Ebola DNA changes may hold key



Scientists found the origins of the Ebola outbreak — by tracking its mutations – 
[Via Vox]

One of the big mysteries in the Ebola outbreak in West Africa is where the virus came from in the first place — and whether it’s changed in any significant ways. These unanswered questions could be making it more difficult to diagnose the disease and find treatments.

Now scientists are starting to get some answers. In a new paper in Science, researchers reveal that they have sequenced the genomes of Ebola from 78 patients in Sierra Leone who contracted the disease in May and June. Those sequences revealed some 300 mutations specific to this outbreak.


I wrote about this almost a month ago. There was something different about this outbreak and it might be due to new variants of the virus.

Now we have sequence data that shows this virus outbreak has a new strain(s) involved.

Researchers are also planning to study the mutations to see if any of them are affecting Ebola’s recent behavior. The number of mutations found is completely normal, and it isn’t necessarily the case that they’ll have a big effect. But it’s possible that something intriguing could turn up.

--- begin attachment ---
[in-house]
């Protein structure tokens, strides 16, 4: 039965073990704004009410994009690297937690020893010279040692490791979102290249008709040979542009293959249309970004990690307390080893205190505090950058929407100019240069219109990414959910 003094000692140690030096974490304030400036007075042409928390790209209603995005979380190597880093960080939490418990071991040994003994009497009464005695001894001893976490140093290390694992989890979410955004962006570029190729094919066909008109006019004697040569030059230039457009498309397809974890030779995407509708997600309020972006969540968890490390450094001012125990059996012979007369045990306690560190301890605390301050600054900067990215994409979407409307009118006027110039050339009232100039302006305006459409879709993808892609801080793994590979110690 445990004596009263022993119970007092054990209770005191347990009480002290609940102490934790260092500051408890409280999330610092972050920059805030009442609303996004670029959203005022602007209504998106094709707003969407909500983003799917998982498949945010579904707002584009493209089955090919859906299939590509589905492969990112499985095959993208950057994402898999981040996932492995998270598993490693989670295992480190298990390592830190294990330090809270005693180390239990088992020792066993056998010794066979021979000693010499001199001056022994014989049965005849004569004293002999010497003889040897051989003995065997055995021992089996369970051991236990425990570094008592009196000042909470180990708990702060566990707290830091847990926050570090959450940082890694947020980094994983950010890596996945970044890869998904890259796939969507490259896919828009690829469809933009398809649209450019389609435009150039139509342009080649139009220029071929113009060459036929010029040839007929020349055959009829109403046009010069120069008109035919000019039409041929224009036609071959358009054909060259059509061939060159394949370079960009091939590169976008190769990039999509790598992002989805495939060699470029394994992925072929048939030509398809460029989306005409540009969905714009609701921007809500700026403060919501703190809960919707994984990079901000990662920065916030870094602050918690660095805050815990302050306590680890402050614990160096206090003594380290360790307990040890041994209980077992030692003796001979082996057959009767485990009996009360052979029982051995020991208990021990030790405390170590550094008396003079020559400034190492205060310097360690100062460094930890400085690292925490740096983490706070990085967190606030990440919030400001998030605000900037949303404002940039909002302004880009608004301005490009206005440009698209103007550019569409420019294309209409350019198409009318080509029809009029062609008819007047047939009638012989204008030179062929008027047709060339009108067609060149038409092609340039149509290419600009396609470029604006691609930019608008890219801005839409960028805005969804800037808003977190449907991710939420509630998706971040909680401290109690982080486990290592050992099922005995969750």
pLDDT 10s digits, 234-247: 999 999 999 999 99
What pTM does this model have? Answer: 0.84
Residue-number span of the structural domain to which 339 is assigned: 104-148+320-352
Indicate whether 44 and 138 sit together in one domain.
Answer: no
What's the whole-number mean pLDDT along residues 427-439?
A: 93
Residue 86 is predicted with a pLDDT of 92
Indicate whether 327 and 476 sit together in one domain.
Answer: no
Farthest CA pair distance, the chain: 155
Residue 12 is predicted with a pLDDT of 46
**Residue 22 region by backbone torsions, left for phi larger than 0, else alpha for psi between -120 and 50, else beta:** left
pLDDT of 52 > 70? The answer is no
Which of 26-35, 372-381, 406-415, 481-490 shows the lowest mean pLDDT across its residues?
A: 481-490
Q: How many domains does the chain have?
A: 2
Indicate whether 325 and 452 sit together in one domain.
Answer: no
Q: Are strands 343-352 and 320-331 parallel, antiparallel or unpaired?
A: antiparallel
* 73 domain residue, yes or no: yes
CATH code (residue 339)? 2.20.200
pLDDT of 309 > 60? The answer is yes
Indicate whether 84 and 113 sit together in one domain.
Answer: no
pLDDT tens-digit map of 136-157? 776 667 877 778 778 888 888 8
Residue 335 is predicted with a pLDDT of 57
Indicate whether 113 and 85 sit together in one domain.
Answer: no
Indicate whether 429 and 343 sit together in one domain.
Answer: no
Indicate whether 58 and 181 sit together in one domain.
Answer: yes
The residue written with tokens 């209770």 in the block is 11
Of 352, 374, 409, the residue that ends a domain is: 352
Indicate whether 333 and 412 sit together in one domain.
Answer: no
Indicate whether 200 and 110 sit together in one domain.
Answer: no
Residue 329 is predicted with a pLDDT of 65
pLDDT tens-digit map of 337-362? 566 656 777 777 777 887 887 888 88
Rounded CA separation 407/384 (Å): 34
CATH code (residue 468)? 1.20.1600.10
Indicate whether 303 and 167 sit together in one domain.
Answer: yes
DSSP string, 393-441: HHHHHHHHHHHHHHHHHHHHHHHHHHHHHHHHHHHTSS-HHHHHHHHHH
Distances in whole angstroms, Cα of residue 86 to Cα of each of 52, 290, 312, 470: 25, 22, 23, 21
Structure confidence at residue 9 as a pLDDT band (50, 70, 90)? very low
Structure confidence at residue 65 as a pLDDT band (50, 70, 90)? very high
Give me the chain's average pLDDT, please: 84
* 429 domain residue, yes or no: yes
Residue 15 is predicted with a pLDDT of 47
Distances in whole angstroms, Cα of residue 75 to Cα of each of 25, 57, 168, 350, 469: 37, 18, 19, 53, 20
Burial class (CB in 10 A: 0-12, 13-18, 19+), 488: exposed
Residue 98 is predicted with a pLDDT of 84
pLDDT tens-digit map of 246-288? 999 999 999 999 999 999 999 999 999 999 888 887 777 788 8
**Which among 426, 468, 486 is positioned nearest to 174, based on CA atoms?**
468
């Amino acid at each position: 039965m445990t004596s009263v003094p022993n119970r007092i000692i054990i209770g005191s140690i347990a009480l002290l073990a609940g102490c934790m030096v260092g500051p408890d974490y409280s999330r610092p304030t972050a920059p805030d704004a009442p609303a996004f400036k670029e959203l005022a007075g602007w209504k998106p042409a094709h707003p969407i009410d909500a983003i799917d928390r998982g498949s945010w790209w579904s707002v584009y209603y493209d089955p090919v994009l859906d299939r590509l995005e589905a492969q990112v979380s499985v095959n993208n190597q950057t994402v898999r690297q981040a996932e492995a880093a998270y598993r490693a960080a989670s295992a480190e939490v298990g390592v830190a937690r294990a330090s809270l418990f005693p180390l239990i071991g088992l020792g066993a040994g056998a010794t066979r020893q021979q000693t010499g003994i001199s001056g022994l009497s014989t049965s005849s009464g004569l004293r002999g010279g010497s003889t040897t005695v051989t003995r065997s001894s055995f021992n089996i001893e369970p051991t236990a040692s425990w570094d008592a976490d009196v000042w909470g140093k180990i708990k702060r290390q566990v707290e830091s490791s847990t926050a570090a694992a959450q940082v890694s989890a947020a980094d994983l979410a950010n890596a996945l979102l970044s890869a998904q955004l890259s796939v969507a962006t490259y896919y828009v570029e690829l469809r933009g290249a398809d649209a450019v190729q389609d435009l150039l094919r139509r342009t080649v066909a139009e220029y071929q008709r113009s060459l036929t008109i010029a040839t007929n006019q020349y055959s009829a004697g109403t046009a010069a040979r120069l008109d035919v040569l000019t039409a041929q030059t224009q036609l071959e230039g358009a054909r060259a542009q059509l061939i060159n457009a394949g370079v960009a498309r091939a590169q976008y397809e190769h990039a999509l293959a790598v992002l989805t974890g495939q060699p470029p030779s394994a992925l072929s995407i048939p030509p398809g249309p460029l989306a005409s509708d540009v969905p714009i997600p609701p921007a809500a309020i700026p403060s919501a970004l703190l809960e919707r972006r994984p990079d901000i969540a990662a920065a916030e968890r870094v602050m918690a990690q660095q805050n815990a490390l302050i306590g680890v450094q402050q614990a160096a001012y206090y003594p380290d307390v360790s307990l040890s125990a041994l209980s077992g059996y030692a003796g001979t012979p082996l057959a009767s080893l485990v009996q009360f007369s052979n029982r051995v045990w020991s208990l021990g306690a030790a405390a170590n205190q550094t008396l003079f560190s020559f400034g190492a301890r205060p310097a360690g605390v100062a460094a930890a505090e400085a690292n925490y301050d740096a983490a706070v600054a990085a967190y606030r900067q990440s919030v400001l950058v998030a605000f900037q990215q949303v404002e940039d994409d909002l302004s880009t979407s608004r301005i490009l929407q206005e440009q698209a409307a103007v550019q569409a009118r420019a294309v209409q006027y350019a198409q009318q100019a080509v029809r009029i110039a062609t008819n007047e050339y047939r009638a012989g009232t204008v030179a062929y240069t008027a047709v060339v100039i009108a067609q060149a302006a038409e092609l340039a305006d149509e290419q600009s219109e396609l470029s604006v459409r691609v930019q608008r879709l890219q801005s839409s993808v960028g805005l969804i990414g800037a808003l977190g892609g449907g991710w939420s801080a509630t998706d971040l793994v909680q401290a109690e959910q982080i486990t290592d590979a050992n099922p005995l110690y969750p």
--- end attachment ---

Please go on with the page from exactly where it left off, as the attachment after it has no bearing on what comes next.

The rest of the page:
For example, this outbreak has had a higher transmission rate and lower death rate than others, and researchers are curious if any of these mutations are related to that. (Right now, social factors are thought to be the main causes of these two changes.)

Higher transmission rates coupled with lower mortality. That is what has usually been seen with other viral outbreaks in humans. Until there is a balance reached.

The changes are found throughout the genome and by studying them, they have been able to put together a ‘genealogy’  of the virus variants from the first outbreak in 1975.

ebola strains

I expect we will have treatments for this rather rapidly. Now that we have some data.

Tragically, this paper ends in something I have never seen before in a research paper:

In memoriam: Tragically, five co-authors, who contributed greatly to public health and research efforts in Sierra Leone, contracted EVD in the course of their work and lost their battle with the disease before this manuscript could be published. We wish to honor their memory.

Such brave people. Their pictures are at the top.